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Stars in Motion: High precision follow-up study of star movement shows surprising unrest in massive star cluster

02.06.2010
Using the NASA/ESA Hubble Space Telescope, astronomers from the Max Planck Institute for Astronomy in Heidelberg and the University of Cologne have completed a long-term study of one of the most massive young star clusters in the Milky Way, comparing two observations that were made ten years apart.

The comparison, which relies on extremely precise measurements, reveals the motions of several hundreds of stars, which prove to be at odds with current models of how such clusters evolve, stellar motion not having “settled down” as expected. The results have been published in the Letters section of the Astrophysical Journal.

Ordinary star clusters ("open stellar clusters" or "stellar associations") disperse over time, as the different stars go their own separate ways. Very massive and compact clusters are thought to be different. In the long term, this can lead to the development of massive aggregations of stars known as "globular clusters", whose tightly-packed stars remain gravitationally bound to each other for billions of years.

With a mass of more than 10,000 suns packed into a volume with a diameter of a mere 3 light-years, the massive young star cluster in the giant nebula NGC 3603 is one of the most compact stellar clusters in the Milky Way.[1] (For comparison: in our own immediate stellar neighborhood, the same volume contains no more than a single star, namely the Sun.) Could this be a globular cluster in the making?

To find out, a team of astronomers led by Wolfgang Brandner (Max Planck Institute for Astronomy, Heidelberg, MPIA) tracked the movement of the cluster's many stars. Such a study can reveal whether the stars were in the process of drifting apart, or about to settle down. It also serves to distinguish members of the star cluster from unrelated stars that, as viewed from Earth, just happen to fall along the same light of sight.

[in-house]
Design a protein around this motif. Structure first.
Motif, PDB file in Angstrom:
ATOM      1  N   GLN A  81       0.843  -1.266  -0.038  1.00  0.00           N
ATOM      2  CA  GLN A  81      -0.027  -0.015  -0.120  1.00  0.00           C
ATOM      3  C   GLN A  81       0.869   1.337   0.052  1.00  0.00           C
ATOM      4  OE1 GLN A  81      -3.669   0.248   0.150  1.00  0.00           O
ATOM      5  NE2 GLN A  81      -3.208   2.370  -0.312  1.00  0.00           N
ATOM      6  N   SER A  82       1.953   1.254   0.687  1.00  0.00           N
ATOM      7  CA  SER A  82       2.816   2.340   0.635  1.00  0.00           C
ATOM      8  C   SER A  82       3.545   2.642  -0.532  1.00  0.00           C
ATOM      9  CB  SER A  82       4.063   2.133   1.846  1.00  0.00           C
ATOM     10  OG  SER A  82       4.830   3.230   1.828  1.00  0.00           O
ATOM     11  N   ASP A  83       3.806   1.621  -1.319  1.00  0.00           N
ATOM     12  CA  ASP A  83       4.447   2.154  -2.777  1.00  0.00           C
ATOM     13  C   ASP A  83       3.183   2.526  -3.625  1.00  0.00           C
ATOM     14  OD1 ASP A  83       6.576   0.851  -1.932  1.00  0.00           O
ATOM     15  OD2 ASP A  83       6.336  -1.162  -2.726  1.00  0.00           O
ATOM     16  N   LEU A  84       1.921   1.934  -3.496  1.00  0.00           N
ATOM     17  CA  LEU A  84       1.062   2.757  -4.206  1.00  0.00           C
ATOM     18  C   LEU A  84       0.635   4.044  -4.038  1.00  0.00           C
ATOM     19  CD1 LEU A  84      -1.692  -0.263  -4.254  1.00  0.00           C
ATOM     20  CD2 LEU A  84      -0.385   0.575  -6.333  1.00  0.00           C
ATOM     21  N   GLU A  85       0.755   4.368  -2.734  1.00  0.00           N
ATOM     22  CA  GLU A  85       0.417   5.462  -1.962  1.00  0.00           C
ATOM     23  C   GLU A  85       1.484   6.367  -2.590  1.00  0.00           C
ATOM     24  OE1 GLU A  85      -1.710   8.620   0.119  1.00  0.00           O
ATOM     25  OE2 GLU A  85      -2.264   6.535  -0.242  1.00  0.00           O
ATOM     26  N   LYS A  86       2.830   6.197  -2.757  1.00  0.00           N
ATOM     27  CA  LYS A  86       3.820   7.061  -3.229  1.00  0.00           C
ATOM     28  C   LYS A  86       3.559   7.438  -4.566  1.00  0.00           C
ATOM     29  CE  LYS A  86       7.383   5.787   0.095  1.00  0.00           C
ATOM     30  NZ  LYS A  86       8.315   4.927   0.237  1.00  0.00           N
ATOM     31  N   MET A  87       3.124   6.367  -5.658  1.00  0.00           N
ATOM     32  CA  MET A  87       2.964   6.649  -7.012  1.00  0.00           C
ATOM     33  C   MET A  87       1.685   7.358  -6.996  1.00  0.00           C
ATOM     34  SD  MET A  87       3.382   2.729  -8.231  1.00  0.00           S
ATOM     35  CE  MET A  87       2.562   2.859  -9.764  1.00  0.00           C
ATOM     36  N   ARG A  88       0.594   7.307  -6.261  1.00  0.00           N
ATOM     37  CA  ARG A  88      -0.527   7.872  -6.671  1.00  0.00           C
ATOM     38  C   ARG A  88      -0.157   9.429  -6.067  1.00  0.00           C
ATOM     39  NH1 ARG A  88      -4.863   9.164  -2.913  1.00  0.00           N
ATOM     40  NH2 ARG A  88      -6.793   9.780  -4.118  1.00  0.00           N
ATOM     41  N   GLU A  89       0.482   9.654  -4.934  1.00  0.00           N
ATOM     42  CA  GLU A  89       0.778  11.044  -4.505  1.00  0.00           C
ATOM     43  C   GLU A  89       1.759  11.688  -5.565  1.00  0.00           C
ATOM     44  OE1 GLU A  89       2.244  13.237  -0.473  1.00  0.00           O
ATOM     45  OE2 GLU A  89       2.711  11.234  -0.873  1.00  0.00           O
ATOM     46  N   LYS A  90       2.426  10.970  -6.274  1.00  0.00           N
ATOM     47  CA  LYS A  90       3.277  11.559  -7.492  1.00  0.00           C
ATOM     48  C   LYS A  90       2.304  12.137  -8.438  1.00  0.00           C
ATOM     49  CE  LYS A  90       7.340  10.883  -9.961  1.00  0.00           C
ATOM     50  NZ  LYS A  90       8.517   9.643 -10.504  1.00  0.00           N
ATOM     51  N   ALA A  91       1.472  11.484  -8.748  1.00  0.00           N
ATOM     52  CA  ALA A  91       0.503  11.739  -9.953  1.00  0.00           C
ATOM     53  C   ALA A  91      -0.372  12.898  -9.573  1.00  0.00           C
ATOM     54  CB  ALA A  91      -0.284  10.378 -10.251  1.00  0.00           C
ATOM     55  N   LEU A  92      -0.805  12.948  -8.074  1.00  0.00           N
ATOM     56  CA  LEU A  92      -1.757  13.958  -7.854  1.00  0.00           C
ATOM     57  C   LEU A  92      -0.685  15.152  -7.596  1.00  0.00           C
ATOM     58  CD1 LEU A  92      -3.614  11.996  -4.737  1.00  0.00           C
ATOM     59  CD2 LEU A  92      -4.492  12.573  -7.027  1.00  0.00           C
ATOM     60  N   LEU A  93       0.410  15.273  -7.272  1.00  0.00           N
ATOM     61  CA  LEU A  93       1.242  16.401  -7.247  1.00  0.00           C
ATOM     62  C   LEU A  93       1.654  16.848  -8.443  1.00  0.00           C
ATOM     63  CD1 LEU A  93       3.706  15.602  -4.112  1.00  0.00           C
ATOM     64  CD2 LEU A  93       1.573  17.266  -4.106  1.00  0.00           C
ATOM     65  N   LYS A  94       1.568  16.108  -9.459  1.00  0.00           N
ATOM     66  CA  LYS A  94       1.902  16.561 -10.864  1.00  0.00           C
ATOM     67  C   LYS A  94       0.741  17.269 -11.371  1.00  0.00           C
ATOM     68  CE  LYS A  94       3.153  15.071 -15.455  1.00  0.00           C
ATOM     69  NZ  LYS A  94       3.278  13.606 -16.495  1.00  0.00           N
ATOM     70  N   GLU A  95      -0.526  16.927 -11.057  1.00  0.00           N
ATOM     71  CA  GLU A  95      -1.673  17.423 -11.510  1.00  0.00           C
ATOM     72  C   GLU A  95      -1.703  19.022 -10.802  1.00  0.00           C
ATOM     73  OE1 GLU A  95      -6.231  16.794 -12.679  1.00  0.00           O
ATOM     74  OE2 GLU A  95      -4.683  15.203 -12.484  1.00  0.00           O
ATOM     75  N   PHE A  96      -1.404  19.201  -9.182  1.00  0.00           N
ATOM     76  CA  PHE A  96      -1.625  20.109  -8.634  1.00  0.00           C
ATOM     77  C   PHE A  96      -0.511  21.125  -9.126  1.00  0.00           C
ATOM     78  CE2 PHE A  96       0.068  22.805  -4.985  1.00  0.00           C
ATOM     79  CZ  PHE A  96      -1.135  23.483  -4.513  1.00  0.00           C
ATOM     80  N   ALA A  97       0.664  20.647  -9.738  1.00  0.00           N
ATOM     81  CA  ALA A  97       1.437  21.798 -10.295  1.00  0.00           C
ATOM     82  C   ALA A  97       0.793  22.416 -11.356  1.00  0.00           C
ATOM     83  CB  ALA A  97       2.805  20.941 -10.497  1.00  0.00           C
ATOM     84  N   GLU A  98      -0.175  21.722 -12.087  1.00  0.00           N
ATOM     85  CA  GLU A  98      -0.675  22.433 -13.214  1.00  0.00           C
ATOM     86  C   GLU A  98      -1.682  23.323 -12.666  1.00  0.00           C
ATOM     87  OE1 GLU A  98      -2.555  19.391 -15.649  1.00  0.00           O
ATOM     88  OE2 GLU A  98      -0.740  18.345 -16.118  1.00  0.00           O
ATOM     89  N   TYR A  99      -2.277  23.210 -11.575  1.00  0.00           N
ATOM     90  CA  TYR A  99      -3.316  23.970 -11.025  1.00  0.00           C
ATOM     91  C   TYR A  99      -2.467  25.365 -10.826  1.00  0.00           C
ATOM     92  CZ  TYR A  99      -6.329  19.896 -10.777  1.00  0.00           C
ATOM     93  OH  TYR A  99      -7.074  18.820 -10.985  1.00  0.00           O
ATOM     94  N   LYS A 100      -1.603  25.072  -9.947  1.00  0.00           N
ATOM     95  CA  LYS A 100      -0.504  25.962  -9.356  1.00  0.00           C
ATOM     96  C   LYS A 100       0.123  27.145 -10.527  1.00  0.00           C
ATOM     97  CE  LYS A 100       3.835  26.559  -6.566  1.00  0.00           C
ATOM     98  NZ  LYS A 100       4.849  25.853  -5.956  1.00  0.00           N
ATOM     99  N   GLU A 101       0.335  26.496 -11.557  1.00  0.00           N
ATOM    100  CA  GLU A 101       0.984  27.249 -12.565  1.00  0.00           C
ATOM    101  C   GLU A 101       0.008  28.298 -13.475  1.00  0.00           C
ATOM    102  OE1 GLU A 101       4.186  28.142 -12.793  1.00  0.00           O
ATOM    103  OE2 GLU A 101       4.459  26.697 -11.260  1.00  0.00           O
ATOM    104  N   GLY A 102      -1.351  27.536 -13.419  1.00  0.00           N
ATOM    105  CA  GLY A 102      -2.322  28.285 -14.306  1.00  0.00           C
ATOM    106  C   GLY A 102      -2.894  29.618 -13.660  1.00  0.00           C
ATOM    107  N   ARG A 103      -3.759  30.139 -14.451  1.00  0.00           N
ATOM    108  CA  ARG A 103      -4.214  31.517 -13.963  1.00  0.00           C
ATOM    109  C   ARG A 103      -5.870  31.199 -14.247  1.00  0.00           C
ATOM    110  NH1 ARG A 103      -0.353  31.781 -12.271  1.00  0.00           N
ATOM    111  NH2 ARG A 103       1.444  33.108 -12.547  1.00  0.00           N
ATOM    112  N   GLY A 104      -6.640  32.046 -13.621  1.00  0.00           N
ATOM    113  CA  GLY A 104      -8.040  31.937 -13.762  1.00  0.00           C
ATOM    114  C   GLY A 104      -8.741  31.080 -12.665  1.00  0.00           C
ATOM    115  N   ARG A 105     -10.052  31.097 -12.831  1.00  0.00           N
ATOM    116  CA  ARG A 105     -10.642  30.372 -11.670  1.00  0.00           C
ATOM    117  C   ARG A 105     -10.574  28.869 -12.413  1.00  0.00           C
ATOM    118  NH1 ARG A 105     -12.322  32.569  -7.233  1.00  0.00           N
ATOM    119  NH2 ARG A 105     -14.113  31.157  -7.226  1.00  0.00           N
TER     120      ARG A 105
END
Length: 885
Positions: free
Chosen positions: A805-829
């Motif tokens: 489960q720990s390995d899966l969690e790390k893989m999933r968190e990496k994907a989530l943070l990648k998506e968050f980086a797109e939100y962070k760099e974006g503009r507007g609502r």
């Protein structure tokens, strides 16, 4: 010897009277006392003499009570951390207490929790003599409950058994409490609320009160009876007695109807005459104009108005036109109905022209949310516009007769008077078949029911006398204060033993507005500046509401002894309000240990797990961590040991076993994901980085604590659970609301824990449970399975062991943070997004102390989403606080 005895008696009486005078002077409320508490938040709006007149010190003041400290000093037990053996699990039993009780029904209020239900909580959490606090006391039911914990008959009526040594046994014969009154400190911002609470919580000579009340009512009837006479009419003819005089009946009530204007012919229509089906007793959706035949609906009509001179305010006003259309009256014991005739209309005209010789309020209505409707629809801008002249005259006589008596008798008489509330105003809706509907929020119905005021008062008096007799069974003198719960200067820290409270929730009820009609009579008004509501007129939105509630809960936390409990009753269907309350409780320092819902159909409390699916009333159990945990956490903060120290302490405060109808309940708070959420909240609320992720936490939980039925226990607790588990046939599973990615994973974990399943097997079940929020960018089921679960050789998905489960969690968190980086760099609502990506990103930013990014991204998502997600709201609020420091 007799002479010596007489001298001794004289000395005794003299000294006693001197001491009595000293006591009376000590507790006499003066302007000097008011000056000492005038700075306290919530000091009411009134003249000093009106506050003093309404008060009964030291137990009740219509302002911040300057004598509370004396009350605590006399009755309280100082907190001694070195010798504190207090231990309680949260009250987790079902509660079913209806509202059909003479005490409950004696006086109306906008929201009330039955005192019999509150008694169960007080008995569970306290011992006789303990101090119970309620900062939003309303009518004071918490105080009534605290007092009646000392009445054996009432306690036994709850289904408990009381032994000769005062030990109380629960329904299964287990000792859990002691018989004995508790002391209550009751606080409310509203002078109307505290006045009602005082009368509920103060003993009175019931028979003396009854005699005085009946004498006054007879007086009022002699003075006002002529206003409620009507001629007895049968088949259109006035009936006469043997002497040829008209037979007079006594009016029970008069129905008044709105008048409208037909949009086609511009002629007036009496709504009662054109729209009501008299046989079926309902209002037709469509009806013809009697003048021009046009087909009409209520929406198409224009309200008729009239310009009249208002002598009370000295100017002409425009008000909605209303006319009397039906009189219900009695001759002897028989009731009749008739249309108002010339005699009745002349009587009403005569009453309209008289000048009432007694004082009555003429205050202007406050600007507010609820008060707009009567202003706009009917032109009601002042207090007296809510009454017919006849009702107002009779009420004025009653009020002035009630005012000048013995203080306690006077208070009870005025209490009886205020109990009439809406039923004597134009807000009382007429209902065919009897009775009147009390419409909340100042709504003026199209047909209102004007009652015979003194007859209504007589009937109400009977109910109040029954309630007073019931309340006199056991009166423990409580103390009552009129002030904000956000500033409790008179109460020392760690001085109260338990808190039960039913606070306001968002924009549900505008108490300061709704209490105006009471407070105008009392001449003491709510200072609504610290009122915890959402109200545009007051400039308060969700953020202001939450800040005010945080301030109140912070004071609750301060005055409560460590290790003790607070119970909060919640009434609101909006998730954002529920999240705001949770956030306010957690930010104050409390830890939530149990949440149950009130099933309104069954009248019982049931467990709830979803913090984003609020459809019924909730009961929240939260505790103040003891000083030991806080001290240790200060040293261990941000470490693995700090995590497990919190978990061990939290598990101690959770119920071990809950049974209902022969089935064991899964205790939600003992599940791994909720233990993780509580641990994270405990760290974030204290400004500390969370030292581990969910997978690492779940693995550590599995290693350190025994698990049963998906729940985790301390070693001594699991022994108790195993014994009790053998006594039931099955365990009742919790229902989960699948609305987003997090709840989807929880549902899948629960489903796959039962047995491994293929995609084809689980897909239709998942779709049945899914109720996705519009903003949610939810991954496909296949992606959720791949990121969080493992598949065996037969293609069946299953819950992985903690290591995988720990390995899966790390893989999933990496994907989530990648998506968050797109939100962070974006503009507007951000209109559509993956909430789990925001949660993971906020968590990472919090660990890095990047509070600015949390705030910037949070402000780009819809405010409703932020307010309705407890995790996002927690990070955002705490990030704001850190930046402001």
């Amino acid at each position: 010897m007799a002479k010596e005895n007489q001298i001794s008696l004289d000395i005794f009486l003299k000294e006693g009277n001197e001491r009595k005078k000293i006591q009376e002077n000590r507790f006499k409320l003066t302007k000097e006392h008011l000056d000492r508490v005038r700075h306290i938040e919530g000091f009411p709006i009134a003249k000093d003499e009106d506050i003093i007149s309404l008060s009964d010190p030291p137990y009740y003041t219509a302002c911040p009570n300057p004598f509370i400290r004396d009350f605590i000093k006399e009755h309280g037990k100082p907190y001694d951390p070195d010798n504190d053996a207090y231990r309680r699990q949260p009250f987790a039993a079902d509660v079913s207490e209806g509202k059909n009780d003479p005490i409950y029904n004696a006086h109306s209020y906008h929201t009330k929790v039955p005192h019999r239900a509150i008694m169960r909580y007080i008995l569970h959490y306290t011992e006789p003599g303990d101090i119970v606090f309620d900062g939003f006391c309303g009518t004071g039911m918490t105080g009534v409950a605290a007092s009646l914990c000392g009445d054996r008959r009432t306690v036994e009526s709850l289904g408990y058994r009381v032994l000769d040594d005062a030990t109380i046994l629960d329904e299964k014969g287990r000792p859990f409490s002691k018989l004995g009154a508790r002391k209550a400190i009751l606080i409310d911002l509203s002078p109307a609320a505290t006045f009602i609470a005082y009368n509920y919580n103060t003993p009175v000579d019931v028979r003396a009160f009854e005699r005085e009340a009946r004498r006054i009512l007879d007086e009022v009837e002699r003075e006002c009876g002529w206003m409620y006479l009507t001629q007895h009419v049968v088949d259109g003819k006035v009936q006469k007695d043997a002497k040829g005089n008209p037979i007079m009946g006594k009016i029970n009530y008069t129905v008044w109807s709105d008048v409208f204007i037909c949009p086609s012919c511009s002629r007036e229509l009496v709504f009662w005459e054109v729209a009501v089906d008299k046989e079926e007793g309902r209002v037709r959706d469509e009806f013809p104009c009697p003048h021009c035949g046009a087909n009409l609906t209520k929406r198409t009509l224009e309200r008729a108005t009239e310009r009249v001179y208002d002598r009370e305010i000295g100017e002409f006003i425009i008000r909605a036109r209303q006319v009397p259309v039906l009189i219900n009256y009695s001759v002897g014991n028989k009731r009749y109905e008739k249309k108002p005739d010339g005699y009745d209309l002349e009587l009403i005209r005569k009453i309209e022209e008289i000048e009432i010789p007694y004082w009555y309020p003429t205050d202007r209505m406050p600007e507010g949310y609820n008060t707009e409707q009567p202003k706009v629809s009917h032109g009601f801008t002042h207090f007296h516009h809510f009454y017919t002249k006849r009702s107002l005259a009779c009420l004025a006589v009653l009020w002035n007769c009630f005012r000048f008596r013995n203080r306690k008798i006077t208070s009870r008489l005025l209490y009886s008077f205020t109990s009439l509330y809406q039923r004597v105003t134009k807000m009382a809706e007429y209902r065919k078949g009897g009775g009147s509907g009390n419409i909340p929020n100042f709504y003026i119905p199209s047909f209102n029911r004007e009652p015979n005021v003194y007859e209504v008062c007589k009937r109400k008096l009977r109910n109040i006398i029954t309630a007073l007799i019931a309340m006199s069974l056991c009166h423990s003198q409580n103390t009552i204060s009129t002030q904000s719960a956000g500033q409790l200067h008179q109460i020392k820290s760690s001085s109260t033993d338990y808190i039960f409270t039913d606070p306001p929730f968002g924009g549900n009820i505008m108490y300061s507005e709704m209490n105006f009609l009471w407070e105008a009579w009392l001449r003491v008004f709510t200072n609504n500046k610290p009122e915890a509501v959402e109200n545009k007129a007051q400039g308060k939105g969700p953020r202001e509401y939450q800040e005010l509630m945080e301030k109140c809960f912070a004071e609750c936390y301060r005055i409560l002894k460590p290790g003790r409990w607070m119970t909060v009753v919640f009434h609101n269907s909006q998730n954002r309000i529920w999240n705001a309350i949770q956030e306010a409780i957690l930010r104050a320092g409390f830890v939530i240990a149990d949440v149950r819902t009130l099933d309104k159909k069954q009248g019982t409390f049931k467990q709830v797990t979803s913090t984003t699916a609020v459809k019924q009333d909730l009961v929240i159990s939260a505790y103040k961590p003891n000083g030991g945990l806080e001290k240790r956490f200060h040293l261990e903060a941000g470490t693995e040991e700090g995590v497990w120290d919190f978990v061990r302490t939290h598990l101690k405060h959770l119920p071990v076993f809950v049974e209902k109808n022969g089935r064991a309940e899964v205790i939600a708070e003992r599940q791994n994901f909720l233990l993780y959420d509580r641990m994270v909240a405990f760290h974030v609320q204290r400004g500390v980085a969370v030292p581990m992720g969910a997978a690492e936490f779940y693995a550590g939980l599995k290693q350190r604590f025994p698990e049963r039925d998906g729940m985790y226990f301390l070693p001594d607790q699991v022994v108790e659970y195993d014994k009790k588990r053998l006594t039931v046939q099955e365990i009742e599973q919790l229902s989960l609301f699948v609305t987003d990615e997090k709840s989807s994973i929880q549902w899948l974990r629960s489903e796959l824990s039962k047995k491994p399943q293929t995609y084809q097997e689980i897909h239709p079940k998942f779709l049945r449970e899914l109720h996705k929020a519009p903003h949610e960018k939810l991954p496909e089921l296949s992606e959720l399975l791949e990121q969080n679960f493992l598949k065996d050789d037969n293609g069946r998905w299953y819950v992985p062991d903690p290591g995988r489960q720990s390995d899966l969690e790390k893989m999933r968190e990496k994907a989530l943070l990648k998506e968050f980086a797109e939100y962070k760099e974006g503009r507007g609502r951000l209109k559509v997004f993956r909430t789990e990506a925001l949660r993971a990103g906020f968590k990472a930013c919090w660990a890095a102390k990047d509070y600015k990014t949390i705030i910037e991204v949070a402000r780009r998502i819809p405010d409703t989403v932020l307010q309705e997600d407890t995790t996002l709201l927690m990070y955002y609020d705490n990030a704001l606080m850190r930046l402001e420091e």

Measurements of this kind are notoriously difficult. Imagine a star moving sideways at a rate of a few kilometers per second – a typical speed within stellar clusters. Viewed from a distance of 20,000 light-years (the actual distance of NGC 3603 from Earth), such a star's position on the night sky would shift by no more than a few billionths of an angular degree per year, at the limit of the capability of today's most precise observations.

By using two observations, made ten years apart with the same camera aboard the Hubble Space Telescope, and by performing an intricate analysis to account for all possible disturbances, Brandner and his colleagues were able to reach the required accuracy.

All in all, the team observed more than 800 stars. About 50 of these were identified as foreground stars, which are unrelated to the cluster. From the remaining sample of more than 700, the astronomers were able to obtain sufficiently precise speed measurements for 234 cluster stars of different masses and surface temperatures.[2] Boyke Rochau (MPIA), the paper's lead author, who performed the data analysis as part of his PhD work, explains: "Once our analysis was completed, we reached a precision of 27 millionths of an arc second per year. Imagine you are in Bremen, observing an object that is located in Vienna. Now the object moves sideways by the breadth of a human hair. That's a change in apparent position of about 27 millionths of an arc second." [3]

The results for the motion of these cluster stars were surprising: According to widely accepted models, which reproduce what is actually observed in older globular clusters, the average stellar speed in a cluster like the one in NGC 3603 should depend on mass: Stars with lower mass should move faster, and those with higher mass should move more slowly.[4] The stars for which precision measurements were possible represent a range of masses between 2 and 9 times that of the Sun. Yet all of them move at about the same average speed of 4.5 km/s (corresponding to a change in apparent position of a mere 140 micro-arc seconds per year). Average speed does not appear to vary with mass at all.